Secondary outcomes included whether patients were referred for adjunct psychosocial support, defined by referral codes (available at [12]), and the factors associated with patients receiving a relevant pharmacotherapy. These factors were; gender; age across seven bands (16–24, 25–34, 35–44, 45–54, 55–64, 65–74, and 75 years and above);; UK Home Nations (England, Northern Ireland, Scotland, and Wales); year of diagnosis across 5 bands (1990–1994, 1995–1999, 2000–2004, 2005–2009, and 2010–2013); and practice-level Index of Multiple Deprivation (IMD) 2010 quintiles (1 = least deprived; 5 = most deprived). For IMD, the general practice postcode is linked via lower layer super output areas or datazone in Scotland, and nation-specific IMD scores extracted. These scores are not directly comparable but act as a proxy with broadly similar measures across seven domains: 1) income, 2) employment, 3) health deprivation and disability, 4) education, skills, and training, 5) barriers to housing and services, 6) crime, and 7) living environment. Univariable and multivariable logistic regression was used to analyse factors associated with prescribing relevant medication. In the multivariable logistic model, all risk factors were included.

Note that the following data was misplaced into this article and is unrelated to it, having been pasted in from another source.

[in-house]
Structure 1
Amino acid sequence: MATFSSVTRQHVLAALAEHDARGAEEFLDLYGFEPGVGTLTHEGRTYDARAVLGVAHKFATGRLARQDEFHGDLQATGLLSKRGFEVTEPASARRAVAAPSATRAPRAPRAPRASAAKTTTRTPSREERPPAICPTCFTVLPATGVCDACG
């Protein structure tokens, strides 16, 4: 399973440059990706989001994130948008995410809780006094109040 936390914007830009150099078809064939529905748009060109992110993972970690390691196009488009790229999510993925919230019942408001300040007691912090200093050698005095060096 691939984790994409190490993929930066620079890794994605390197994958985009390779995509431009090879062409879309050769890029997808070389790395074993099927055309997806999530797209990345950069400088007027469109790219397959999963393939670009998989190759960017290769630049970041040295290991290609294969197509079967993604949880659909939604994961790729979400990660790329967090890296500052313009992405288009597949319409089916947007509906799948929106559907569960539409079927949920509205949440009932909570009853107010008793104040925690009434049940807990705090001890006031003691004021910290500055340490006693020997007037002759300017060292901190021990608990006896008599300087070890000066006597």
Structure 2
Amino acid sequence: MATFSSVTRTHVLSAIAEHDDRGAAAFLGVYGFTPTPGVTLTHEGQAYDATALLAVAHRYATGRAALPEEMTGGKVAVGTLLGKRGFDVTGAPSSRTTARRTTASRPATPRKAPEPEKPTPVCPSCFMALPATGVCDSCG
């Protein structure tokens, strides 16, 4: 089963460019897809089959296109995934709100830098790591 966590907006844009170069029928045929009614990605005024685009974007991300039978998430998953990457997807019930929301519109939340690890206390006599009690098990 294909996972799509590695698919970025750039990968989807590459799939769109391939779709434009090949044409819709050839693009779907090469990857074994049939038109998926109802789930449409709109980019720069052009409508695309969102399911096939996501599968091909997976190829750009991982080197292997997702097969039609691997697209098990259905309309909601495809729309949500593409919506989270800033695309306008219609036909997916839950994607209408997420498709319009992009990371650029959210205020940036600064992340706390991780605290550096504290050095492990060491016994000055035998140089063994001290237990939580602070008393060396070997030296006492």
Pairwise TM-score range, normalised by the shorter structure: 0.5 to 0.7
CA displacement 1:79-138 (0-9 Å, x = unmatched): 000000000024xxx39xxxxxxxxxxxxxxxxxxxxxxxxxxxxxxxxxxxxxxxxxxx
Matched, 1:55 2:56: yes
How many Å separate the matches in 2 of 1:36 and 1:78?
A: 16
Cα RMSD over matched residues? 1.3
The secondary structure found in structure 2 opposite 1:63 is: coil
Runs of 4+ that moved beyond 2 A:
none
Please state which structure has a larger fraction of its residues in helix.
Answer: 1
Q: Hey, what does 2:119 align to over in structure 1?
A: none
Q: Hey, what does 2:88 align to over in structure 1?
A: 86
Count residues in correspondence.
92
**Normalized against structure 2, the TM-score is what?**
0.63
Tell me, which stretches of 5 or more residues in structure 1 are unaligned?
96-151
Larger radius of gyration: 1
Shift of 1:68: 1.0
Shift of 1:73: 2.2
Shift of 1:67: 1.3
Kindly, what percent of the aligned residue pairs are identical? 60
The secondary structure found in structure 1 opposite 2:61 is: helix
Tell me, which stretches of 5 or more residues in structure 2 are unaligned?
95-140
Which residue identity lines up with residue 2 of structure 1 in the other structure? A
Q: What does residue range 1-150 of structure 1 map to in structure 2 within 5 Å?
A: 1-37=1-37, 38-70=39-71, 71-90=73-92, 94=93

Where medication was prescribed in the first 12 months after the index date, a subgroup analysis for initiation of treatment and prescribing persistence were performed in patients diagnosed between 2008 and 2013. These analyses were only performed for acamprosate and disulfiram because of the low levels of utilisation of other pharmacotherapies. Initiation is described as the time from diagnosis to first prescription. Prescribing persistence is defined as a patient having a record of a repeat prescription within 90 days of the expected end date of their last prescription. For example, if a patient had an acamprosate prescription that lasts 28 days, a repeat would need to be issued within 90 days otherwise persistence would be deemed to have “failed” and the patient would be censored. This timeframe was selected based on consensus and similar analysis using CPRD [13]. Patients were followed for persistence for 18 months after the issue of the first prescription. This timeframe allows observation of persistence beyond the initial six months of pharmacotherapy recommended by NICE, and particularly the use of acamprosate beyond its 12 month UK license where continued use requires written consent from the patient. Patients were only able to contribute one event unless both acamprosate and disulfiram commenced on the same date, which resulted in both medications being considered. Patients who died or left the practice during the time period for repeat prescribing were censored. Kaplan-Meier survival analysis was used to estimate the duration of medication initiation and persistence. Hazard ratios were calculated from a Cox proportional hazard model for both initiation and persistence analysis, which was adjusted for age at diagnosis, gender, and IMD quintile. Hazard ratios were further adjusted in the persistence analysis model for medication initiation time (i.e., days from diagnosis to commencing medication).